The list of causes, social and spiritual, to which Shaftesbury devoted his life and influence seems almost endless. He was the founder of the Shaftesbury Society, president of the BFBS, the Church’s Mission to the Jews, the London City Mission, the Mission to Seamen, the Open Air Mission, and the Young Men’s Christian Association. He was the vice-president or patron of many other societies.

He died in 1885. 196 missions, schools, societies, hospitals and funds, all of which had been his personal concern, sent representatives to a packed memorial service at Westminster Abbey. Thousands from the slums of London lined the streets as his hearse passed by.

So who was Maria Millis? She was an unmarried family servant when Shaftesbury was a boy. As I’ve already mentioned, his parents were notoriously neglectful and bullying and they taught him nothing about the gospel. Ashley was entrusted to the care of Maria Millis. Maria was an Evangelical Christian and she told him Bible stories and taught him to pray. Ashley described her throughout his life as the best friend he ever had. She died when he was away at school and he never found out where she had been buried.

Lord Shaftesbury never forgot what he had heard as a small boy from Maria Millis. Without her, he would probably have grown up an idle, unbelieving aristocrat like his parents. Maria died when Shaftesbury was just ten years of age. She would never know, in this life, of the results of her faithful witness. You don’t have to do anything spectacular for Jesus. Just do what you can where you can. One day you may be surprised by the results.

Brian Maiden is the retired pastor of Parr St Church, Kendal where he still serves as an elder.

Love and hope through the generations

9780857466617-l_270xGiven the seismic cultural, moral, sexual and social upheaval in Britain today, the author’s call to the older generation of Christians to model courage, wisdom, faith and prayer is both timely and vital – not least in passing on the ‘faith once delivered’ to children generally – and one’s grandchildren especially.

Anita Cleverly
Bible Reading Fellowship. 176 pages. £9.99
ISBN 978 0 857 466 617

Anita Cleverly has a lifetime of experience as a Christian mother and grandmother and in family ministry, which she ransacks to great effect. She writes with a light touch, interweaving gospel truths and scriptural wisdom with a sharp understanding of the complex challenges facing Christian parents today. All in all it makes for both an enjoyable and stimulating read.

In the opening insightful chapter on ‘21st-century Grandparents’, she quotes The Daily Telegraph columnist Allison Pearson, who has discovered that ‘two thirds of the nation’s grandparents – that’s 5million people – now provide regular childcare for their grandchildren’. The contact time with grandchildren in Britain today is at a very different level than was generally the case with previous generations. After the parent-child relationship, grandparents usually provide the second most important emotional influence in a child’s life. The opportunity and need is immense.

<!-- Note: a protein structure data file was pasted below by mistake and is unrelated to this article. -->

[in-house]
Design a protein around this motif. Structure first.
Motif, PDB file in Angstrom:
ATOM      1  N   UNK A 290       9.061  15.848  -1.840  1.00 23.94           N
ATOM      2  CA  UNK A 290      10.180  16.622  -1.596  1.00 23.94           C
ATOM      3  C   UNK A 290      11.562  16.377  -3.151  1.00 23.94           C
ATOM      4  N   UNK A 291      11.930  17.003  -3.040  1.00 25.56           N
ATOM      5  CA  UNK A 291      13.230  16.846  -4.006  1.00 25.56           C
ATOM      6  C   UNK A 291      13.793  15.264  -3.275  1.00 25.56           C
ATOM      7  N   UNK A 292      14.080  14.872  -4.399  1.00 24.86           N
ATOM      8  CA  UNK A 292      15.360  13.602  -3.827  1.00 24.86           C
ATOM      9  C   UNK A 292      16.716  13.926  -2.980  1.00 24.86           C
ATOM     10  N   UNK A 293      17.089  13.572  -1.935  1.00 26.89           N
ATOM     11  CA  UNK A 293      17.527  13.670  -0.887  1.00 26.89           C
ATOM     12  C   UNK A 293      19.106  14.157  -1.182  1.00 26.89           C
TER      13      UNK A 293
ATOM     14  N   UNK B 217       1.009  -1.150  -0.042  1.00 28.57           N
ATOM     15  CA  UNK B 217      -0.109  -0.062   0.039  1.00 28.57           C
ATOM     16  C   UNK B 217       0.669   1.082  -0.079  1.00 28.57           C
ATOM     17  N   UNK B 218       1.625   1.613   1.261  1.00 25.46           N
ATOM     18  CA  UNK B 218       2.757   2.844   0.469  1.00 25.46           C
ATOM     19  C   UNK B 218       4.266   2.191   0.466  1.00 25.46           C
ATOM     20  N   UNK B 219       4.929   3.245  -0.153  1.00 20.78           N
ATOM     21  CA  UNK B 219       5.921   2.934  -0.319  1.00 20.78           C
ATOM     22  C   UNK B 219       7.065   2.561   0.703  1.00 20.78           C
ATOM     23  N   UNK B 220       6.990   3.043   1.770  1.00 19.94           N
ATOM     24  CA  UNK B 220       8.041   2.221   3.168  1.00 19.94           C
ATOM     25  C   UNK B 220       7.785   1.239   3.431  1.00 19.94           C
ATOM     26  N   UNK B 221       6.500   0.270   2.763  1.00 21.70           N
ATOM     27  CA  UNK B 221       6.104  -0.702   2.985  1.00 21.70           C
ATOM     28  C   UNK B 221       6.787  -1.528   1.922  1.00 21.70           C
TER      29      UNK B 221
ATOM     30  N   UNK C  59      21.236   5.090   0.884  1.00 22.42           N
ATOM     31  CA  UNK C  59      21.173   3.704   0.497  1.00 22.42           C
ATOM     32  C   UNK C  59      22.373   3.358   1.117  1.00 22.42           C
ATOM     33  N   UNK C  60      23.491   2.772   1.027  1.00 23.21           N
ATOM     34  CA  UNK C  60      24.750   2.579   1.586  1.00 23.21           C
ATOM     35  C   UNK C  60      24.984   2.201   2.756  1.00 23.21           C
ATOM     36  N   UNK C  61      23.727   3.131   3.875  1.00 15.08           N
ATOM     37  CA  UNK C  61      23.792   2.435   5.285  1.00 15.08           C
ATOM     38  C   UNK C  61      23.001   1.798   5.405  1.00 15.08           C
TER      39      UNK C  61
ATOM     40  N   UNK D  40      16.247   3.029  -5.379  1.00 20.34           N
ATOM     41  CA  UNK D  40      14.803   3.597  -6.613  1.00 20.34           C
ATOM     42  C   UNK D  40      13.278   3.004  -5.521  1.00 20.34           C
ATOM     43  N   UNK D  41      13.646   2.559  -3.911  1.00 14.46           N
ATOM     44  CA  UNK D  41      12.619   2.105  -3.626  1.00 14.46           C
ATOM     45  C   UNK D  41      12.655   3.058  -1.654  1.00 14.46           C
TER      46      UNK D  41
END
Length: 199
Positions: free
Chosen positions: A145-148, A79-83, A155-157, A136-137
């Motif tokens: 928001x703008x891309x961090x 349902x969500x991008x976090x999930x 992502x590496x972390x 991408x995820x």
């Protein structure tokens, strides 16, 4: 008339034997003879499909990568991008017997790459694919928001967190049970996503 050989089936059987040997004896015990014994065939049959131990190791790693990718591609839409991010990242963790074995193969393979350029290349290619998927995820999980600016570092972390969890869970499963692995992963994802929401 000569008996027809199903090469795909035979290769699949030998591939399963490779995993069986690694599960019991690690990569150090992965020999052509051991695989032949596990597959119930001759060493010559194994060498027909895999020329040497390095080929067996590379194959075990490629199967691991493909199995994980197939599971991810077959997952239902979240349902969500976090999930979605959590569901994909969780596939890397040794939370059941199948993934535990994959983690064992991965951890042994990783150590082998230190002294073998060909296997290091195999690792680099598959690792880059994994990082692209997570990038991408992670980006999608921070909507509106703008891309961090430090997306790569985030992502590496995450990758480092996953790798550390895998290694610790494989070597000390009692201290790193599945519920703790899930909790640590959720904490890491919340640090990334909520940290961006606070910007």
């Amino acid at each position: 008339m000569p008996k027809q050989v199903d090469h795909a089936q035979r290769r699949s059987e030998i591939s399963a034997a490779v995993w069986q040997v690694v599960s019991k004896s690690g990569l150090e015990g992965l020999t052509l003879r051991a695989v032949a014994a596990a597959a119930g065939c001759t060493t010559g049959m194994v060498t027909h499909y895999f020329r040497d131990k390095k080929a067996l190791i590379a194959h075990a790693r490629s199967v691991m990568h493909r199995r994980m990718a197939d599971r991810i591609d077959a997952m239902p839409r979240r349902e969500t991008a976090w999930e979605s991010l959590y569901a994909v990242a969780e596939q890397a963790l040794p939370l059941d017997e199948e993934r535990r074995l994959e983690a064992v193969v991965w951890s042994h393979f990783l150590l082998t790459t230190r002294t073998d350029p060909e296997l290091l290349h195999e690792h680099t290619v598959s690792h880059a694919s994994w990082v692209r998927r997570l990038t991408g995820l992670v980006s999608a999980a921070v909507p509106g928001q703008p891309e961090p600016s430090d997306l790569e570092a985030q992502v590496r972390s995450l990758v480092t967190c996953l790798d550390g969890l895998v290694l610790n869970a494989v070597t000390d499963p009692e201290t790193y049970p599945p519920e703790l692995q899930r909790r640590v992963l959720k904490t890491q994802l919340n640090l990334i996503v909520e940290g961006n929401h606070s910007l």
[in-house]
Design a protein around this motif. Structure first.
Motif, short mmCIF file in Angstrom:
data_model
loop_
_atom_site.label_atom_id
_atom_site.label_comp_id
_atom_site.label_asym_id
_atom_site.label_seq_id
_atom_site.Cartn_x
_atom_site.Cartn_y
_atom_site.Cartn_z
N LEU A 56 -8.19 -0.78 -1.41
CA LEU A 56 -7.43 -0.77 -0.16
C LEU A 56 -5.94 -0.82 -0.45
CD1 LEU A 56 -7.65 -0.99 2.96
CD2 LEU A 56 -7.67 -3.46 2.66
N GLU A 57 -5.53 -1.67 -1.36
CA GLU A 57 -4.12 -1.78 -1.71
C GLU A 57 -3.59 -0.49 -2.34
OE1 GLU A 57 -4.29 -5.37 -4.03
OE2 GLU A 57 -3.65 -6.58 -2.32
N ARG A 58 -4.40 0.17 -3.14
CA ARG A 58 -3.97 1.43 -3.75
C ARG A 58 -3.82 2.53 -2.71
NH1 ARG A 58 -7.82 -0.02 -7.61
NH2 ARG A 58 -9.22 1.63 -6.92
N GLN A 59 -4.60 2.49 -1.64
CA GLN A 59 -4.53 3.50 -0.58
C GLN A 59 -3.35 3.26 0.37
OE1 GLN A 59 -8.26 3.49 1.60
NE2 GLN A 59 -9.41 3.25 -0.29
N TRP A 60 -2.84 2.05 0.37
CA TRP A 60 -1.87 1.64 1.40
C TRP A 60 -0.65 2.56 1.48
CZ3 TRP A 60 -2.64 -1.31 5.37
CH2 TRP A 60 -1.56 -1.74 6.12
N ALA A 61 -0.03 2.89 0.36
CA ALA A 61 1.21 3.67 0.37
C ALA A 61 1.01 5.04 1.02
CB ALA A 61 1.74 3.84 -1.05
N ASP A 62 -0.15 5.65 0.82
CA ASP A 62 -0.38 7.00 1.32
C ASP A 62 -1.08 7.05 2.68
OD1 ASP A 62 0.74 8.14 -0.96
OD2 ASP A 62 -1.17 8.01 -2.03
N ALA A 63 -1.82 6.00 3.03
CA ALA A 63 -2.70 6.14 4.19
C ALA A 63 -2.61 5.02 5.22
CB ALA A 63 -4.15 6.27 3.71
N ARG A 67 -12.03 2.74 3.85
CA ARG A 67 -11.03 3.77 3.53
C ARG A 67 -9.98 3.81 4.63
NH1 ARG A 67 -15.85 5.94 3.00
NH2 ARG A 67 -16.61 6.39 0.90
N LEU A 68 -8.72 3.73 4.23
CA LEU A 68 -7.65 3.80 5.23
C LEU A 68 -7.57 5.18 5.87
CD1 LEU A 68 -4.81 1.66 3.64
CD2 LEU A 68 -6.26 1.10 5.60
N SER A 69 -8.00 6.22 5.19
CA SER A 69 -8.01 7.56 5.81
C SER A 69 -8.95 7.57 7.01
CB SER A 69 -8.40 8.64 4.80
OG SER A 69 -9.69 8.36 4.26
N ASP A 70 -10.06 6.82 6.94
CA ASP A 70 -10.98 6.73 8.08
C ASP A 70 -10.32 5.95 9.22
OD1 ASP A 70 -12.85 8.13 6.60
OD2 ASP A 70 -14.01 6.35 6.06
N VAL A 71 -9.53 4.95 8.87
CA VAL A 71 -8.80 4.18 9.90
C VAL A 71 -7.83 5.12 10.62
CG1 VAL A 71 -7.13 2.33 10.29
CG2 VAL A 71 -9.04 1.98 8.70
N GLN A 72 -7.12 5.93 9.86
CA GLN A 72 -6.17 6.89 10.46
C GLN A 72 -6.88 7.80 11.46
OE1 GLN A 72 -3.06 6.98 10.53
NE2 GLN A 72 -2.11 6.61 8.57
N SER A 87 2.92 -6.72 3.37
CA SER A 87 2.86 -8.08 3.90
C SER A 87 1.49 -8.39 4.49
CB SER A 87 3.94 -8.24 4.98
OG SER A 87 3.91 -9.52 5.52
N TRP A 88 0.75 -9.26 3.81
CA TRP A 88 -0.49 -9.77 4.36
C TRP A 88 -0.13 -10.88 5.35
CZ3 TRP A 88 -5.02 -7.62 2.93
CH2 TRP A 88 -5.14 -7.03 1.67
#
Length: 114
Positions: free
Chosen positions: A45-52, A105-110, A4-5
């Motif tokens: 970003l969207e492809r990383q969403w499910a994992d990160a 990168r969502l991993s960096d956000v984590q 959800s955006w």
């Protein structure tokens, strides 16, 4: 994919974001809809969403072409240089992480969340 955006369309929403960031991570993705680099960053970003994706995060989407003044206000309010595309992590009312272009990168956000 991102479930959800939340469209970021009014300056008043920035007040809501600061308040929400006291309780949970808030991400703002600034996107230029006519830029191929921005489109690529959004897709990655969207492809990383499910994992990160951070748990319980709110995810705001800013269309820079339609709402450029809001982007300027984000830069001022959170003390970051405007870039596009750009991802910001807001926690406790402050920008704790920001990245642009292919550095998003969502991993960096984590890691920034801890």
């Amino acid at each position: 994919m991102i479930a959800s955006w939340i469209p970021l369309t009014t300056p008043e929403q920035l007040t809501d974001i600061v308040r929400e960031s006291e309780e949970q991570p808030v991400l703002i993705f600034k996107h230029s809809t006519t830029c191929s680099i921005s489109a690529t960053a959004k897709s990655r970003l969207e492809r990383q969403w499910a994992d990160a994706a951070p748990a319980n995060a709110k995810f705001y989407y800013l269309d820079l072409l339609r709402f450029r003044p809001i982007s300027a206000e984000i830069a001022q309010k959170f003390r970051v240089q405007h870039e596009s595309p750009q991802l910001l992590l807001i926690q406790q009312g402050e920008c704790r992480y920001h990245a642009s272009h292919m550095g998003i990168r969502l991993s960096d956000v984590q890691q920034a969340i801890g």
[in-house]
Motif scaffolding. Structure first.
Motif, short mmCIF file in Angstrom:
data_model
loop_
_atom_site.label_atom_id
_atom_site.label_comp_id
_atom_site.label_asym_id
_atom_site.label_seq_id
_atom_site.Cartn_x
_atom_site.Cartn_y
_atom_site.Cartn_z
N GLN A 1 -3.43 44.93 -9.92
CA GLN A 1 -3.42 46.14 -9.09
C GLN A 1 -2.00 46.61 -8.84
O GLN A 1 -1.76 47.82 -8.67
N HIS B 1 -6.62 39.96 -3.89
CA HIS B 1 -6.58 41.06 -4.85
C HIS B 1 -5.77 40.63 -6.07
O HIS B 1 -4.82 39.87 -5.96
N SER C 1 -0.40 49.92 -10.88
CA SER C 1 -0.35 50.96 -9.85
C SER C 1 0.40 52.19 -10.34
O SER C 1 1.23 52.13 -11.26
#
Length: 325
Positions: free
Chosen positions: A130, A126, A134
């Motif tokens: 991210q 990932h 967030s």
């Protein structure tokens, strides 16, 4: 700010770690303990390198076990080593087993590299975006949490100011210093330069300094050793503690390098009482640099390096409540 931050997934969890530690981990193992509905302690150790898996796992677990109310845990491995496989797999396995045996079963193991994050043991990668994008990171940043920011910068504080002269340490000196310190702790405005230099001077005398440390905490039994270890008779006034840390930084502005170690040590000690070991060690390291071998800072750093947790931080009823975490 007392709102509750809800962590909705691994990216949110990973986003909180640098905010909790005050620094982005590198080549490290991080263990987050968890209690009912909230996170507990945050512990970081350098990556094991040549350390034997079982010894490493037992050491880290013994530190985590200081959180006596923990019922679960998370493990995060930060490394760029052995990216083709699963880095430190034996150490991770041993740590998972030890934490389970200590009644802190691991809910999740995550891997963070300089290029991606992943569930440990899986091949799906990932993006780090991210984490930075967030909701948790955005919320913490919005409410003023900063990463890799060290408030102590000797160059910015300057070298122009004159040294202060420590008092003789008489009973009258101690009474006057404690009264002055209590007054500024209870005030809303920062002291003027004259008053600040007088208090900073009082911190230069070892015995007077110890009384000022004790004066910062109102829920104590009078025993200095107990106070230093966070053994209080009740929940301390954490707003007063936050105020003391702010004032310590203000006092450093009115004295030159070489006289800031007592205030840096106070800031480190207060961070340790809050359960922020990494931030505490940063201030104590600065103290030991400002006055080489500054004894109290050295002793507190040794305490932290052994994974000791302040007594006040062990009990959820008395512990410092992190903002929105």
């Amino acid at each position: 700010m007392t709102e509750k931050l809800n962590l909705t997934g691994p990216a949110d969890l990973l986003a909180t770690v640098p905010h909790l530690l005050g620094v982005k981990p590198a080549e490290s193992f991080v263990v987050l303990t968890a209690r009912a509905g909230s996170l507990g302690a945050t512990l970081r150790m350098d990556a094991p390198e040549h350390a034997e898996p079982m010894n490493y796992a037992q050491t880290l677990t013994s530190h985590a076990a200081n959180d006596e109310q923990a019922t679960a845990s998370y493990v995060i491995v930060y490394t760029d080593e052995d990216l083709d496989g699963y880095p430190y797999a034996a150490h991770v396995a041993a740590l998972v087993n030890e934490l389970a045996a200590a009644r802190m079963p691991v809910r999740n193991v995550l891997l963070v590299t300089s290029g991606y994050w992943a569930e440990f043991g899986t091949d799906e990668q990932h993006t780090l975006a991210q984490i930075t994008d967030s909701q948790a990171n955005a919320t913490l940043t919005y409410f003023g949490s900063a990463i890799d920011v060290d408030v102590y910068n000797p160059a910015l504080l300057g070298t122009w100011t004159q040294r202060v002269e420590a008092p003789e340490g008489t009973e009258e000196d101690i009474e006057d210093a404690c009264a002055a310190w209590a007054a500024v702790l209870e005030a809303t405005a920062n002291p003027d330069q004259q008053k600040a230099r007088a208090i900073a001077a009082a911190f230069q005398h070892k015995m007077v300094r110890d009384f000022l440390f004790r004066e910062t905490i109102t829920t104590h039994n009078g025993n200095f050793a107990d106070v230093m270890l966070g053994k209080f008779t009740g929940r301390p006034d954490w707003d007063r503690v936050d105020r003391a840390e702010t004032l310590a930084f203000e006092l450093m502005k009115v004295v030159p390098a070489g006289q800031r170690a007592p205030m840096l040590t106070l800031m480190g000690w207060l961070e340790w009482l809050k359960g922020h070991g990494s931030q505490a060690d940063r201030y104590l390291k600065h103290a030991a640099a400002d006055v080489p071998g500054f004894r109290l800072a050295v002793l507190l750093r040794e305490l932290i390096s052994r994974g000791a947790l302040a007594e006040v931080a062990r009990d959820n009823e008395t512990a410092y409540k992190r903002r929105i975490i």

In the 11 chapters which follow, the whole landscape of grandparenting is explored and practical biblical wisdom and advice brought to bear on a whole raft of issues – the art of listening, storytelling the family history, seeking to reach the heart of the child with the gospel, the vital place and role of the church and church family,

Two chapters, one ‘A Grandparent’s Creed’ and the other ‘A Grandparent’s Prayers’, are outstanding and worth buying the book for. Taking the Apostles’ Creed and reflecting and meditating on each phrase in the context of the challenges facing children today in our oft-pernicious culture, is so helpful. Praying for and with grandchildren takes the focus to that which any Christian parent or grandparent wants for their offspring – that they grow to love and serve Christ all their days.

Addressing some of the cultural, social and sexual changes in a chapter entitled ‘Shifting Tectonic Plates’ brings a rootedness and contemporary awareness that is much needed in Christian thinking today. Pointing out that it is not all ‘gloom and doom’, that many of the changes in society have been for the good, is a welcome corrective that recognises ‘common grace’ has not yet left town! At the same time the author goes on to provide a thoughtful critique of the blatantly anti-God agenda that is so prevalent.

The light Charismatic influences and context from which the author writes mean that on occasion there are one or two things those in other traditions might not always go along with, or perhaps express in different ways. However, to major on these would be to lose the great benefit and blessing this delightful book provides